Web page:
Also needed is a prompt and thorough independent review of insurance disputes processes,  from how they are first handled through to the operation and utility of the insurance Ombudsman. The Canterbury earthquakes have shown how inadequately the processes operate, despite many years of operation in a known and stable environment. Only insurers and politicians tout that the process is working, their attitude founded fundamentally upon a desire to protect the wealth of insurers and re-insurers, rather than issues of due process or natural justice. With a totally new and significantly more complex range of policies coming into effect the current processes just will not do.

The Q&A can be found on the AA Insurance website here (bottom half of the page). The page also includes information for the rest of the country. The Canterbury questions and answers are listed below.

Click the link to continue …

 

Sum Insured for Canterbury customers

Is an online calculator right for my home?

Tools such as the Cordell Online Calculator only provide estimates of typical or standard building replacement costs. If your home has anything about it that’s not typical or standard this could suggest you need to contact a builder, architect, quantity surveyor, engineer, valuer or other building expert to consider the specifics of your home. The actual rebuild costs will depend upon the specifics of your home.
It’s worth noting that online calculators such as Cordell do not take into account all of the   features of a home – only the features and information that it asks you, the customer, to input. So, if there is a feature of your home that hasn’t been asked about this may be an indication that the online calculator may not be the right tool for estimating the cost of rebuilding your home.
The Cordell Online Calculator also does not take into account additional foundation requirements for technical categories or land issues. If you live in an area where the technical categories apply, or which has other land issues, an online calculator is unlikely to be right for you
.  

Do I work out my Sum Insured based on my house’s currently damaged state, or for what it will be after the repairs/rebuild?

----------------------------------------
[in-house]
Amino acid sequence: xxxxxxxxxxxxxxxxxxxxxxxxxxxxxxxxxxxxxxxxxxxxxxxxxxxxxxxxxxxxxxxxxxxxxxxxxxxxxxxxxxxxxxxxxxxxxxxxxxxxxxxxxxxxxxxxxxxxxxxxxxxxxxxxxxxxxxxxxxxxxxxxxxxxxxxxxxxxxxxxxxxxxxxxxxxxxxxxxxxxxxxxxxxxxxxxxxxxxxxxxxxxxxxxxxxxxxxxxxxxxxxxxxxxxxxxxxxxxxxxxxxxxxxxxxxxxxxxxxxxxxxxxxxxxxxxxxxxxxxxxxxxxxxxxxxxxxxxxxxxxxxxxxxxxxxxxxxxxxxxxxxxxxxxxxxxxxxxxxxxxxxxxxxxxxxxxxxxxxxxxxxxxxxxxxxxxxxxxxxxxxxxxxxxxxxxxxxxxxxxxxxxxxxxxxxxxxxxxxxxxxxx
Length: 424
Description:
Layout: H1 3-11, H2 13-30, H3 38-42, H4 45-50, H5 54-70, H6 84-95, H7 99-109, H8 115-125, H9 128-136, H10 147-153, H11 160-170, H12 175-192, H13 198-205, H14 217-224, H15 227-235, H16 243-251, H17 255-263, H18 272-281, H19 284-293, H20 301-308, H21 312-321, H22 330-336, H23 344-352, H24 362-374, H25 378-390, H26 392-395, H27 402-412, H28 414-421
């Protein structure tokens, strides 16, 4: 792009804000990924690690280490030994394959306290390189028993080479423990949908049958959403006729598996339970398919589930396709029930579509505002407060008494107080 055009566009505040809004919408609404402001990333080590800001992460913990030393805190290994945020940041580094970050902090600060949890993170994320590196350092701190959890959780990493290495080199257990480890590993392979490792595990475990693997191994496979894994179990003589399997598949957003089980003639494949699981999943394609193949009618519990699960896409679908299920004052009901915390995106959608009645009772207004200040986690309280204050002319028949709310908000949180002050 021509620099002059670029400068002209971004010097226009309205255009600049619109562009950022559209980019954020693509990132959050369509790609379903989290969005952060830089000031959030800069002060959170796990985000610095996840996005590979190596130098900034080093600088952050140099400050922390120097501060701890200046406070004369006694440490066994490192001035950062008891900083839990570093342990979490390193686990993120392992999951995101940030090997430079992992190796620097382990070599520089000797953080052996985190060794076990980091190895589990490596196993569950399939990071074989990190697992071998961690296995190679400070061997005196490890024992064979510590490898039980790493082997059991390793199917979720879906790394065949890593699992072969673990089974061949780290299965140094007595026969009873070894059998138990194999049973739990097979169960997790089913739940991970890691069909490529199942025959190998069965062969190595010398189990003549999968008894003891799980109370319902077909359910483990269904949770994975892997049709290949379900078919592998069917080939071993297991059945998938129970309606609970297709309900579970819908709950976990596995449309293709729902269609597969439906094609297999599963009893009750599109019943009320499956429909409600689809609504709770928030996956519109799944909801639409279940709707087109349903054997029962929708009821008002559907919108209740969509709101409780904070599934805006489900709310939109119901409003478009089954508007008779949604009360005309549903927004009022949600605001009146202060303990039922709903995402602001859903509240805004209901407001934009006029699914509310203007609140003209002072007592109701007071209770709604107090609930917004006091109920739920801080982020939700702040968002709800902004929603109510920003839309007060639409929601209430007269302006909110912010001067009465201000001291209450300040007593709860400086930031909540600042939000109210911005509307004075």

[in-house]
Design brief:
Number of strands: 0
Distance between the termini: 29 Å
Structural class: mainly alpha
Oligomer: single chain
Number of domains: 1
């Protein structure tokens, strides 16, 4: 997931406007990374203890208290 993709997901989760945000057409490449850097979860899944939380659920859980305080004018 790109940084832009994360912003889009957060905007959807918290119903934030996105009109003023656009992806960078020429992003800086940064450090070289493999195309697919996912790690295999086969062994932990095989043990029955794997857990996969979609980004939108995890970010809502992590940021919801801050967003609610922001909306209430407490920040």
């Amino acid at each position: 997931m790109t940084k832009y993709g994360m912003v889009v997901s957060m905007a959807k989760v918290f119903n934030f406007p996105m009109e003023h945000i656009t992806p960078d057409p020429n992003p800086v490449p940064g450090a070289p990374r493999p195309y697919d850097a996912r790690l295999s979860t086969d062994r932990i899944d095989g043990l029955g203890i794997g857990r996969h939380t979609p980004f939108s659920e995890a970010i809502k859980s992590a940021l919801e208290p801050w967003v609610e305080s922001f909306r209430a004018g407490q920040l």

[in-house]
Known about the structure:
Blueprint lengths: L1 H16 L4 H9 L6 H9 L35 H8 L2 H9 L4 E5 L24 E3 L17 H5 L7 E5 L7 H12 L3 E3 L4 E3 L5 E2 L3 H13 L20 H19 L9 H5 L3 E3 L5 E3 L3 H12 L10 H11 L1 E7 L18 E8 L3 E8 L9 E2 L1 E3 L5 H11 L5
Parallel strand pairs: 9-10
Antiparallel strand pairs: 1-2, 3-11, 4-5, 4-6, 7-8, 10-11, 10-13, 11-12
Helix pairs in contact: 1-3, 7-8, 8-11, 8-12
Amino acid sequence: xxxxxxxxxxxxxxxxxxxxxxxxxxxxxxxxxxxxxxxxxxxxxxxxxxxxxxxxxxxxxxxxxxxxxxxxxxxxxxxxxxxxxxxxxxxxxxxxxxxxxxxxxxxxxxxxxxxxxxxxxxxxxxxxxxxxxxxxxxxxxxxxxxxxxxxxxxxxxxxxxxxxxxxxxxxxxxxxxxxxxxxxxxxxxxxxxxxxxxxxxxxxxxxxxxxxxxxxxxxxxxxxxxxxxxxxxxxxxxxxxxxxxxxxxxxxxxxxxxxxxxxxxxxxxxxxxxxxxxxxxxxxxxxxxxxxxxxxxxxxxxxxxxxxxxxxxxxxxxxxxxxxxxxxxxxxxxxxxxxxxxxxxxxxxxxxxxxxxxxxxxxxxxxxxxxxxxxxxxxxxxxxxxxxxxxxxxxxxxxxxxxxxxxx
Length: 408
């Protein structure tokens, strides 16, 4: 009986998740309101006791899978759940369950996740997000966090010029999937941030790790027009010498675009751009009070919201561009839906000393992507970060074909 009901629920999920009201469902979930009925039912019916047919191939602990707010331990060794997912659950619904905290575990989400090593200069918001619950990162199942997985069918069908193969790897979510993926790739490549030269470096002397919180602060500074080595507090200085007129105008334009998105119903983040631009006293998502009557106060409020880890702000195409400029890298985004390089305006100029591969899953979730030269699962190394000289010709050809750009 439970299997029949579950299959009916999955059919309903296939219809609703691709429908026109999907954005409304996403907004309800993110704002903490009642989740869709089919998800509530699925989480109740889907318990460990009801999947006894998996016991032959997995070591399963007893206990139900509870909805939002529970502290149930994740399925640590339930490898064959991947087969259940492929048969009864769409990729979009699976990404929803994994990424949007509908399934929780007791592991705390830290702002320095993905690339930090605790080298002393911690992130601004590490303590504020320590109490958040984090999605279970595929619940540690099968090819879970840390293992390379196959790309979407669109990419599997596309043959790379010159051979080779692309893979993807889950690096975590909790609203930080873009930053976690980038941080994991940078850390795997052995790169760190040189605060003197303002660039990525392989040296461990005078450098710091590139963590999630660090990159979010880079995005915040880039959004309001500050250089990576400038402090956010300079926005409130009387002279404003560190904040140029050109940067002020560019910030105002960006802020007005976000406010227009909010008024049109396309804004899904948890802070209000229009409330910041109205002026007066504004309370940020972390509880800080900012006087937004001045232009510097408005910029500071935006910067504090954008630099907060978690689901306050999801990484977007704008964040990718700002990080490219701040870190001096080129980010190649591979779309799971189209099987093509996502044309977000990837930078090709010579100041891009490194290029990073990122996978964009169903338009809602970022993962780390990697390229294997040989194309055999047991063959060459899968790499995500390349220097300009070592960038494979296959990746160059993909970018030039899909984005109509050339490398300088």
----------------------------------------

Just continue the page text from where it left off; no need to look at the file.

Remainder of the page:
It depends on your circumstances. There are a number different things you need to take into account in deciding what your Sum Insured should be prior to your home being reinstated, for example, the length of time until your home is likely to be reinstated, the amount of damage, and whether it needs to be completely rebuilt.
If you don’t select a Sum Insured that is based on the cost of rebuilding your entire home then it is important that you update your Sum Insured after the completion of your reinstatement
.

Do I have to renew to Sum Insured – can’t it wait till my home is rebuilt?

With renewals from 1 July 2013 all home insurance will be moving to Sum Insured. This is because there is a reinsurance requirement that by 30 June 2014 all our home polices be insured based on a Sum Insured.

What will happen to my current claim once I change to Sum Insured?

Changing to Sum Insured does not impact any current claims, as these will be settled based on the policy that was in place at the time of the claim. If an event happens after you’ve changed to Sum Insured, then your Sum Insured will be the maximum amount AA Insurance will pay for the reinstatement of damage caused by the new event.

If I over-insure my home what amount will you pay me if the home is a total loss?

If you over-insure your home, we will only repair or rebuild your home to the same quality and specifications as it is now, even though the cost of this is less than your Sum Insured.